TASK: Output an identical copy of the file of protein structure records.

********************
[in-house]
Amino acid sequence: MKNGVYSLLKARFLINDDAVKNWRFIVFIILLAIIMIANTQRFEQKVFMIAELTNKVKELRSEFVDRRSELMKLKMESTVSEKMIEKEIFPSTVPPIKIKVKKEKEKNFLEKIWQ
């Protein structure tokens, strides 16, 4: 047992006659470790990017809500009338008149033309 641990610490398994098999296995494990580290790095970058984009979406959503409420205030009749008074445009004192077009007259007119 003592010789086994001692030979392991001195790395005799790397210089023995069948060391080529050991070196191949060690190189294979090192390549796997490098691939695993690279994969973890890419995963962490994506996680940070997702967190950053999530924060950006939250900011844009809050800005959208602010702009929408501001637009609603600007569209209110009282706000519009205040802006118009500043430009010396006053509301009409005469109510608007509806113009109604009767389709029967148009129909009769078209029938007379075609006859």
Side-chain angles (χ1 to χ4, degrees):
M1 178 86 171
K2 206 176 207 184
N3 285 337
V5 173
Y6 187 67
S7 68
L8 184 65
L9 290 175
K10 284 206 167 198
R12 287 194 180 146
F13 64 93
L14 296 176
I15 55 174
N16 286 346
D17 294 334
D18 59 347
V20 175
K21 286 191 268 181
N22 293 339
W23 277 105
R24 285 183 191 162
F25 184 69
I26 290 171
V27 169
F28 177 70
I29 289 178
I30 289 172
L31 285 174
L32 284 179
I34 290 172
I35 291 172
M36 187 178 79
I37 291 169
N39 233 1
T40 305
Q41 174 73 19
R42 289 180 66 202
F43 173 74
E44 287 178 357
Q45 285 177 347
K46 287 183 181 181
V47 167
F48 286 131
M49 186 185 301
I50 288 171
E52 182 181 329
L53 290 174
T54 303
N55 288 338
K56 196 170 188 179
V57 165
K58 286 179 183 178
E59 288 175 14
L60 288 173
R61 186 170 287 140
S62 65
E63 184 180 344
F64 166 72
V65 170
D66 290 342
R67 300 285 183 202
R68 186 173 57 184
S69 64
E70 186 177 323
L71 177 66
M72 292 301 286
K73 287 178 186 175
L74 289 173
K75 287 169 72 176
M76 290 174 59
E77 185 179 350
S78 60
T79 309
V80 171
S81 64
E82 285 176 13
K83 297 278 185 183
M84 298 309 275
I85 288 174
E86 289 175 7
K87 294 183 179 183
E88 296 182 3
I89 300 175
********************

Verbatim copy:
[in-house]
Amino acid sequence: MKNGVYSLLKARFLINDDAVKNWRFIVFIILLAIIMIANTQRFEQKVFMIAELTNKVKELRSEFVDRRSELMKLKMESTVSEKMIEKEIFPSTVPPIKIKVKKEKEKNFLEKIWQ
């Protein structure tokens, strides 16, 4: 047992006659470790990017809500009338008149033309 641990610490398994098999296995494990580290790095970058984009979406959503409420205030009749008074445009004192077009007259007119 003592010789086994001692030979392991001195790395005799790397210089023995069948060391080529050991070196191949060690190189294979090192390549796997490098691939695993690279994969973890890419995963962490994506996680940070997702967190950053999530924060950006939250900011844009809050800005959208602010702009929408501001637009609603600007569209209110009282706000519009205040802006118009500043430009010396006053509301009409005469109510608007509806113009109604009767389709029967148009129909009769078209029938007379075609006859």
Side-chain angles (χ1 to χ4, degrees):
M1 178 86 171
K2 206 176 207 184
N3 285 337
V5 173
Y6 187 67
S7 68
L8 184 65
L9 290 175
K10 284 206 167 198
R12 287 194 180 146
F13 64 93
L14 296 176
I15 55 174
N16 286 346
D17 294 334
D18 59 347
V20 175
K21 286 191 268 181
N22 293 339
W23 277 105
R24 285 183 191 162
F25 184 69
I26 290 171
V27 169
F28 177 70
I29 289 178
I30 289 172
L31 285 174
L32 284 179
I34 290 172
I35 291 172
M36 187 178 79
I37 291 169
N39 233 1
T40 305
Q41 174 73 19
R42 289 180 66 202
F43 173 74
E44 287 178 357
Q45 285 177 347
K46 287 183 181 181
V47 167
F48 286 131
M49 186 185 301
I50 288 171
E52 182 181 329
L53 290 174
T54 303
N55 288 338
K56 196 170 188 179
V57 165
K58 286 179 183 178
E59 288 175 14
L60 288 173
R61 186 170 287 140
S62 65
E63 184 180 344
F64 166 72
V65 170
D66 290 342
R67 300 285 183 202
R68 186 173 57 184
S69 64
E70 186 177 323
L71 177 66
M72 292 301 286
K73 287 178 186 175
L74 289 173
K75 287 169 72 176
M76 290 174 59
E77 185 179 350
S78 60
T79 309
V80 171
S81 64
E82 285 176 13
K83 297 278 185 183
M84 298 309 275
I85 288 174
E86 289 175 7
K87 294 183 179 183
E88 296 182 3
I89 300 175